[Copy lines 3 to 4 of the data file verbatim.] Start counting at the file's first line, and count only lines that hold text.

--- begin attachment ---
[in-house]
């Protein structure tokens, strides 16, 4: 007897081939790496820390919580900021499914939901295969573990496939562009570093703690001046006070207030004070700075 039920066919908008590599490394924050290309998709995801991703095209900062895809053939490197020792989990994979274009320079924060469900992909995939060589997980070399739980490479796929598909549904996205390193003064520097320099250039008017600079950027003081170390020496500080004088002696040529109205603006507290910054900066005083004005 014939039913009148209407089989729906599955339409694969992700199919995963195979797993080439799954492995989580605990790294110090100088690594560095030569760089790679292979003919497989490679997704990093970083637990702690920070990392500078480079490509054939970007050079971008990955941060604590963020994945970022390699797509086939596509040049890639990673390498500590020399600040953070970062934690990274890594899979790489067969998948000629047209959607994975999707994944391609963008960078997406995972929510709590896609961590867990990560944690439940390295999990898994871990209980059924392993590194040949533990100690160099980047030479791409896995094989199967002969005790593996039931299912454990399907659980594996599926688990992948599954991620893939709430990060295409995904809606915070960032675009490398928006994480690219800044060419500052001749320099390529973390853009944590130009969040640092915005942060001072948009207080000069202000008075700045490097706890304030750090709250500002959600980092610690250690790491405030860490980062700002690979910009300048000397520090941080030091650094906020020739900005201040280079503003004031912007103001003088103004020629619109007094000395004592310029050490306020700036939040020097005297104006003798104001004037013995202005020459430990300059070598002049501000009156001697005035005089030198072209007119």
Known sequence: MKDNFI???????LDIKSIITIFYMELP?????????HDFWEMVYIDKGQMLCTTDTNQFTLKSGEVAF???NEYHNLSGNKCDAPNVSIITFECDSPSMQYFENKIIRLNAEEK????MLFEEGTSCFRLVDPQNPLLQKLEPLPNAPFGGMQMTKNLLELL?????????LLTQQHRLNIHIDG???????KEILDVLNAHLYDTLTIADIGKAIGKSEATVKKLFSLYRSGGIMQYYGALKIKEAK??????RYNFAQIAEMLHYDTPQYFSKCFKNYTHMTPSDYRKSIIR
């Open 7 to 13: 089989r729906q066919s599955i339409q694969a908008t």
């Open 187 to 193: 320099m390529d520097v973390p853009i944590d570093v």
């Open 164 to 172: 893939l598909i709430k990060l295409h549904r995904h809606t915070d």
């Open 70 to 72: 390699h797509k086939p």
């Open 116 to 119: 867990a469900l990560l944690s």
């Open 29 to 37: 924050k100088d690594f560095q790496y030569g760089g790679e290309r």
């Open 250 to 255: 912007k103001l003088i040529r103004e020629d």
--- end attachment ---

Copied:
Known sequence: MKDNFI???????LDIKSIITIFYMELP?????????HDFWEMVYIDKGQMLCTTDTNQFTLKSGEVAF???NEYHNLSGNKCDAPNVSIITFECDSPSMQYFENKIIRLNAEEK????MLFEEGTSCFRLVDPQNPLLQKLEPLPNAPFGGMQMTKNLLELL?????????LLTQQHRLNIHIDG???????KEILDVLNAHLYDTLTIADIGKAIGKSEATVKKLFSLYRSGGIMQYYGALKIKEAK??????RYNFAQIAEMLHYDTPQYFSKCFKNYTHMTPSDYRKSIIR
């Open 7 to 13: 089989r729906q066919s599955i339409q694969a908008t």